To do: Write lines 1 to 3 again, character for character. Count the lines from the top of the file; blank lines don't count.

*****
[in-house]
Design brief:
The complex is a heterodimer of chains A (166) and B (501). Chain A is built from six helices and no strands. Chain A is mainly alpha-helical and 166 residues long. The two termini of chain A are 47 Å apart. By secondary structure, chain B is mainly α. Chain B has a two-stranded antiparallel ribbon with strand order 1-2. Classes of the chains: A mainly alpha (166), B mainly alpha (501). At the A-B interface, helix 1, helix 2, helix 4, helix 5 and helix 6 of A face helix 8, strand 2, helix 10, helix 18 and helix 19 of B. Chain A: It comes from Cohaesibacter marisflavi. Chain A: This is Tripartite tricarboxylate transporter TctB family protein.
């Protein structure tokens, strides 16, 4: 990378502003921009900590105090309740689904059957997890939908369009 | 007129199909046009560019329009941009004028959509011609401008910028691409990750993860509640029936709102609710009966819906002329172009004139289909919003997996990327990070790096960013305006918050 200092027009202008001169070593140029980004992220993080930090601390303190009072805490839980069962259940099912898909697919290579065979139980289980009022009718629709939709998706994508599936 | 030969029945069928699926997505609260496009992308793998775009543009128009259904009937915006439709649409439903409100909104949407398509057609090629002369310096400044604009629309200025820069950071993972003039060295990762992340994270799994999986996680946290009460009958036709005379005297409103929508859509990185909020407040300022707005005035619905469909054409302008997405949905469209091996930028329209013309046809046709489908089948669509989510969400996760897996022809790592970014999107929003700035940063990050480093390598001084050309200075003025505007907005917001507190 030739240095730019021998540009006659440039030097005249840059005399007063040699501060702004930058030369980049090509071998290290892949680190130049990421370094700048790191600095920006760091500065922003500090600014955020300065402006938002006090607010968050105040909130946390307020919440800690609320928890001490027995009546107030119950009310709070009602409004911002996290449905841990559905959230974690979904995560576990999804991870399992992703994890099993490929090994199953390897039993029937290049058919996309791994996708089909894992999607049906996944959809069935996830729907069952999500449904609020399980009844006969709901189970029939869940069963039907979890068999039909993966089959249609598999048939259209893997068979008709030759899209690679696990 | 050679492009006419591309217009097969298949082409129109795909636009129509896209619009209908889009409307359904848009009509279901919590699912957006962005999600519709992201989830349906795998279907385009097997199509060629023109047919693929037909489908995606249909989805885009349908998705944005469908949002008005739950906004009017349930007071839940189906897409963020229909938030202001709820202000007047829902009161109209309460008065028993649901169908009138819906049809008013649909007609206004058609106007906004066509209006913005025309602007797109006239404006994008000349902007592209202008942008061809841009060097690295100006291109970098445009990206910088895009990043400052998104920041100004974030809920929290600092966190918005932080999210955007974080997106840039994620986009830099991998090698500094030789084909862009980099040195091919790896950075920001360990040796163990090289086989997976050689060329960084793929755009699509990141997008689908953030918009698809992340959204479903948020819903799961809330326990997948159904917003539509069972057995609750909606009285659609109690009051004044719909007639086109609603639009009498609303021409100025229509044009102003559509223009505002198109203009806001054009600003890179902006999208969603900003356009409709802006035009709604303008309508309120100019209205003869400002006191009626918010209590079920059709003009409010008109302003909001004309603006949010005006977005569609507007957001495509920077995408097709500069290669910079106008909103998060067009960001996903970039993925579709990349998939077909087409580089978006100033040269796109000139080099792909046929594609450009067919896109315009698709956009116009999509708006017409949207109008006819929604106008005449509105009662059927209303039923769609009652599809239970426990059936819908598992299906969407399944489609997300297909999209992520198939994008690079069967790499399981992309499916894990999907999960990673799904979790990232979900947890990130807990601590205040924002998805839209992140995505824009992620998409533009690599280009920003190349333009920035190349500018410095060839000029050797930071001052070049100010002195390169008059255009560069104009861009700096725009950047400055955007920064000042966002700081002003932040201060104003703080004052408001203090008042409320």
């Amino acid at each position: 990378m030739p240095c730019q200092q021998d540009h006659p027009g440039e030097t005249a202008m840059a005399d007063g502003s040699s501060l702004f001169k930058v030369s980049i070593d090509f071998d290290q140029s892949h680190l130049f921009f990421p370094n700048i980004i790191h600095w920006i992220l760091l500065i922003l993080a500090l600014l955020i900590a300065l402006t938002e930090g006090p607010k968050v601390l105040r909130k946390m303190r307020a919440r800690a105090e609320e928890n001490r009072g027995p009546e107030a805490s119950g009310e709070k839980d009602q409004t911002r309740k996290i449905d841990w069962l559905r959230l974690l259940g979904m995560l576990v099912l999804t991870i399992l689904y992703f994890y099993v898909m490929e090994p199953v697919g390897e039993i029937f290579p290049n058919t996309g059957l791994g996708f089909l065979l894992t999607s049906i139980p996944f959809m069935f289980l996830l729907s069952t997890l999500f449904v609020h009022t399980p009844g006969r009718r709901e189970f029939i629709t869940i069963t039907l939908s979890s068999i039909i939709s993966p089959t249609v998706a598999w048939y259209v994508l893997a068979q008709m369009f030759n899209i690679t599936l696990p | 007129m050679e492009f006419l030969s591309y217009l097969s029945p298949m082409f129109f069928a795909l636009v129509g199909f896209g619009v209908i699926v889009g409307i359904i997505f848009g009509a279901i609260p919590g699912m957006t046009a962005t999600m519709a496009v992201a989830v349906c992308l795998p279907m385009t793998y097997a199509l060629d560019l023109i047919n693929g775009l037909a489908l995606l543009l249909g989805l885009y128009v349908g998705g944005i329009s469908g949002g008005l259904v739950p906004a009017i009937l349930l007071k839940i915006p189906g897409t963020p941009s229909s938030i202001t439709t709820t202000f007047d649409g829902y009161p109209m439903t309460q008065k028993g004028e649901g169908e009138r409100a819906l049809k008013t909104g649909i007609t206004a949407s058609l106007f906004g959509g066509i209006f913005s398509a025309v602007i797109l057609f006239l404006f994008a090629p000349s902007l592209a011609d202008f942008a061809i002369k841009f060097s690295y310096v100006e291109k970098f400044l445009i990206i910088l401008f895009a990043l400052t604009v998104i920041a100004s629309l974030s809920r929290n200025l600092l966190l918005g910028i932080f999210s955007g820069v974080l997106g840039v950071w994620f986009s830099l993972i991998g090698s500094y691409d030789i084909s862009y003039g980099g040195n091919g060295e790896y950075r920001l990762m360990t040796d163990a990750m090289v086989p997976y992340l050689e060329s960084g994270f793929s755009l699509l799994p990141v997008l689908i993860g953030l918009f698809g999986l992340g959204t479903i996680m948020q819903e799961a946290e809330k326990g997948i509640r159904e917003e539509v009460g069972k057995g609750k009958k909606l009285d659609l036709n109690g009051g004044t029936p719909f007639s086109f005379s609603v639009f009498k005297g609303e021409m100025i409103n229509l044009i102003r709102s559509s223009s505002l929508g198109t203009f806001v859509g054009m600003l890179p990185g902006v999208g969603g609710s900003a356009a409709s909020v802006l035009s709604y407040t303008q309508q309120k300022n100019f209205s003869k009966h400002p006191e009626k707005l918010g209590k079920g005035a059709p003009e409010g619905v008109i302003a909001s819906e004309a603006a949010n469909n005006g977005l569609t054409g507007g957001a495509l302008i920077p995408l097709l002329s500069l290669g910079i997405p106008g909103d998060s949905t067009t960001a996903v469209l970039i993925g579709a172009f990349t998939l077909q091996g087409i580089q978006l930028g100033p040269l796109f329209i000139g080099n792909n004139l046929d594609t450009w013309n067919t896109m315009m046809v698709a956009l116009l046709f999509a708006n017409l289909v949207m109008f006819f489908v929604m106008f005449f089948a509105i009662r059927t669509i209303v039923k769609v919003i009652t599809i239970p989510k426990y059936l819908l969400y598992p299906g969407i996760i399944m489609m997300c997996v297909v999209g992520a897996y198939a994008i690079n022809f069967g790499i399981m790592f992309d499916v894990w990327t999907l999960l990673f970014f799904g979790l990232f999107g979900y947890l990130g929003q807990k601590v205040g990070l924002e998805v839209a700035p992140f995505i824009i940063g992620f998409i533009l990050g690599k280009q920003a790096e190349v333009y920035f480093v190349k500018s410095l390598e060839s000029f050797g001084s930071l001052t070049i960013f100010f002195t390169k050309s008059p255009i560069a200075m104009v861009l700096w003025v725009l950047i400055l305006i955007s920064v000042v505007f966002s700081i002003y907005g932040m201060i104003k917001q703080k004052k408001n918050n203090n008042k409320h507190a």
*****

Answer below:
[in-house]
Design brief:
The complex is a heterodimer of chains A (166) and B (501). Chain A is built from six helices and no strands. Chain A is mainly alpha-helical and 166 residues long. The two termini of chain A are 47 Å apart. By secondary structure, chain B is mainly α. Chain B has a two-stranded antiparallel ribbon with strand order 1-2. Classes of the chains: A mainly alpha (166), B mainly alpha (501). At the A-B interface, helix 1, helix 2, helix 4, helix 5 and helix 6 of A face helix 8, strand 2, helix 10, helix 18 and helix 19 of B. Chain A: It comes from Cohaesibacter marisflavi. Chain A: This is Tripartite tricarboxylate transporter TctB family protein.